Virgin hits back at Qantas shielding after profit soars

Virgin is calling on the government to reassess allowing Qatar Airways to run extra flights to bring down prices, revealing their letters are being ignored.

Virgin is calling on the government to reassess allowing Qatar Airways to run extra flights to bring down prices, revealing their letters are being ignored. Photo: AAP

The boss of Virgin Australia has questioned the decision to block more domestic competition to protect Qantas’ profits, saying the government wasn’t properly informed.

The Albanese government blocked Qatar Airways from flying more domestic flights after lobbying from the national carrier Qantas.

Virgin boss Jayne Hrdlicka said she had sought a number of meetings with the government but hadn’t heard back.

“You got the entire industry (supporting this) and Qantas is the only party objecting,” she told ABC radio on Tuesday.

“We would encourage reopening this … there wasn’t enough information provided to help balance out.”

Ms Hrdlicka also hit back at suggestions Qantas as the national carrier needed to be shielded by government intervention.

“They’re privately owned (and) listed on the public market, they’re not government-owned,” she said.

Qantas boss Alan Joyce defended the government’s decision to reject an application by Qatar Airways for an additional 21 services per week after the airline posted a record $2.47 billion profit.

Mr Joyce admitted the airline lobbied the government, saying it amounted to protecting Australia’s national interest.

The opposition has also hit out at a lack of transparency underpinning a decision to ban Qatar Airways from flying more domestic routes, saying it is not the job of the government to protect Qantas’ profits.

Liberal frontbencher Simon Birmingham said it was not clear cut why the government denied Qatar the extra routes.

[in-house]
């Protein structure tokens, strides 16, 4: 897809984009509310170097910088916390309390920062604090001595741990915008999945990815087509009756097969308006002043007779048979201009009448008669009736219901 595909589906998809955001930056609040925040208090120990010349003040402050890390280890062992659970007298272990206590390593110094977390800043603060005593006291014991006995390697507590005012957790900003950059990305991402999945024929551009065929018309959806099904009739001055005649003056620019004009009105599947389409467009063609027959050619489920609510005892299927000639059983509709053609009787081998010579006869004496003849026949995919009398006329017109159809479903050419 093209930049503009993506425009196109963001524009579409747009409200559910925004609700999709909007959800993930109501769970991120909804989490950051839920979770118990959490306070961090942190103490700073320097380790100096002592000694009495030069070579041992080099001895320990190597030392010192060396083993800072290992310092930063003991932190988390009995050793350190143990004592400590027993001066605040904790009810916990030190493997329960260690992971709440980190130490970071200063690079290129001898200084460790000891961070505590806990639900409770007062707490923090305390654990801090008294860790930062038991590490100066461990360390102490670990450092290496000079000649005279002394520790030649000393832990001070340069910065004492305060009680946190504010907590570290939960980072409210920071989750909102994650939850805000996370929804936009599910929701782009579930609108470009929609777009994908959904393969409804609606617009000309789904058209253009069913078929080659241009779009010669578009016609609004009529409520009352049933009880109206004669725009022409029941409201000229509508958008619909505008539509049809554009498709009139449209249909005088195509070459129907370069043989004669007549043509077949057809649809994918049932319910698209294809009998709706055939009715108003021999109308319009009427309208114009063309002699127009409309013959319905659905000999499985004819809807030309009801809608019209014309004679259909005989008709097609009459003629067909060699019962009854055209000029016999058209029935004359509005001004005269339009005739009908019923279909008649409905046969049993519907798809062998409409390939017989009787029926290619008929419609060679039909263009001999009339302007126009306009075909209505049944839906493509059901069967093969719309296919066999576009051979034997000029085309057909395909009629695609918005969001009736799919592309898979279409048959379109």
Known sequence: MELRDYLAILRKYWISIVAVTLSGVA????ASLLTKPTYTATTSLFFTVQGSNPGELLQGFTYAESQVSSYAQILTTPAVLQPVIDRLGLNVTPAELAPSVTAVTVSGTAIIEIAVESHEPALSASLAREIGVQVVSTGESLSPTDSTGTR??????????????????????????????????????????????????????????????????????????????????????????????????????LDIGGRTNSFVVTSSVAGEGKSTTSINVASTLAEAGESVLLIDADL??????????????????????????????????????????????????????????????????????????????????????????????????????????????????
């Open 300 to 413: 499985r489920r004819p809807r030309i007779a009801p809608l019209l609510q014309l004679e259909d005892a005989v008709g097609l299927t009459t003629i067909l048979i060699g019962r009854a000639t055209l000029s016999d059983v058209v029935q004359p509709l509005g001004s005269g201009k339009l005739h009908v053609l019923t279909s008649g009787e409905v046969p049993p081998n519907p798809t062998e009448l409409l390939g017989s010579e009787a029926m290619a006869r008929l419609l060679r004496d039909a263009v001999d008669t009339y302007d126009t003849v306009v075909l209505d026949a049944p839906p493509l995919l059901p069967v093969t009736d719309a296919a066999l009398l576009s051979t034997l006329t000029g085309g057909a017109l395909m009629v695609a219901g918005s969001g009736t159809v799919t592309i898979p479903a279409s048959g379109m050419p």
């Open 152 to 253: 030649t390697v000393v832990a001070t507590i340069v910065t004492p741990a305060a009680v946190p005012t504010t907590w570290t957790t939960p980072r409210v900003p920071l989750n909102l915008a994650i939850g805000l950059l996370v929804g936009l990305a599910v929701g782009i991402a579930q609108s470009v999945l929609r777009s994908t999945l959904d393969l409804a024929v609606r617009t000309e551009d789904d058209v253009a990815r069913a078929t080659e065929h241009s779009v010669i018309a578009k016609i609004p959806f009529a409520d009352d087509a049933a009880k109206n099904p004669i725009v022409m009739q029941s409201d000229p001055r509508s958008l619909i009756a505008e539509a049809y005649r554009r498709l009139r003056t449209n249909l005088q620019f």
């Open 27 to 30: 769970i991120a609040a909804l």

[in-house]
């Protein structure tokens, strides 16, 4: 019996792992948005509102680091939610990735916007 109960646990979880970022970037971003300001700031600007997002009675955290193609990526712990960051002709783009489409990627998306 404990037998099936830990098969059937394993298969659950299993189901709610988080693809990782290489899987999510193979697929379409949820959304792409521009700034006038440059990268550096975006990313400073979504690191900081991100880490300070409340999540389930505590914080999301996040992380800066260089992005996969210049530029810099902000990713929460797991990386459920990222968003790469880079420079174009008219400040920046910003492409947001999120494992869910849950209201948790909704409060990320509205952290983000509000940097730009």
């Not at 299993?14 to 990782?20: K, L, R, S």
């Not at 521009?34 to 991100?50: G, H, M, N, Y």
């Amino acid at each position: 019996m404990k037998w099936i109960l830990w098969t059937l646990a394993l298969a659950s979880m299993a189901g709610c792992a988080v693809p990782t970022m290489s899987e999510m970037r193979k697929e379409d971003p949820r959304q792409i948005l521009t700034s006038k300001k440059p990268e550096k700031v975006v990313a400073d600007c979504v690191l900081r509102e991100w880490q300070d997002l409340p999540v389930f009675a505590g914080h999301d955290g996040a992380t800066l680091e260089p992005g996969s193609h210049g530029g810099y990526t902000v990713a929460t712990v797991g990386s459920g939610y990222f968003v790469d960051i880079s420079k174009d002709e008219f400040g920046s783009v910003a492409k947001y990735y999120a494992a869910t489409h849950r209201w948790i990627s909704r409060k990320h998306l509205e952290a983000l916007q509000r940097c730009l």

“We’ve had reasons thrown up in terms of behaviour of officials in Qatar, we’ve had reasons about Qantas’ profitability, we’ve had reasons about questions around purchasing of new aircraft,” he told Sky News.

“It’s not the government’s job to automatically make Qantas profitable.

“Of course, we want to see the national carrier be profitable and for it not to need government intervention or bailing out but there’s no transparency around the basis upon which the government formed this decision.”

Opposition finance spokeswoman Jane Hume said it was “quite confronting” that Qantas heavily lobbied the Albanese government to deny Qatar the extra flights, which would have provided an extra one million seats a year.

“Increasing the competition would bring down the cost of airfares for Australians and the Albanese government has denied that,” she told Seven’s Sunrise program.

“They actually went against departmental advice after lobbying from Qantas, now, that in itself is a great concern because it means that the government is actually artificially keeping airfares high.”

She also raised concerns about unused flight credits given to customers during the pandemic expiring at the end of the year and going straight to Qantas’ bottom line.

The company revealed the value of flight credits it holds is $100 million higher than the $370 million reported.

They are set to expire in December.

Jetstar chief executive Stephanie Tully said for her airline about $100 million in credits were yet to be redeemed by customers.

For overseas bookings, no amount could be given, with Qantas to provide the information on notice.

Virgin has around $300 million in unclaimed credits from before the pandemic and $100 million from during.


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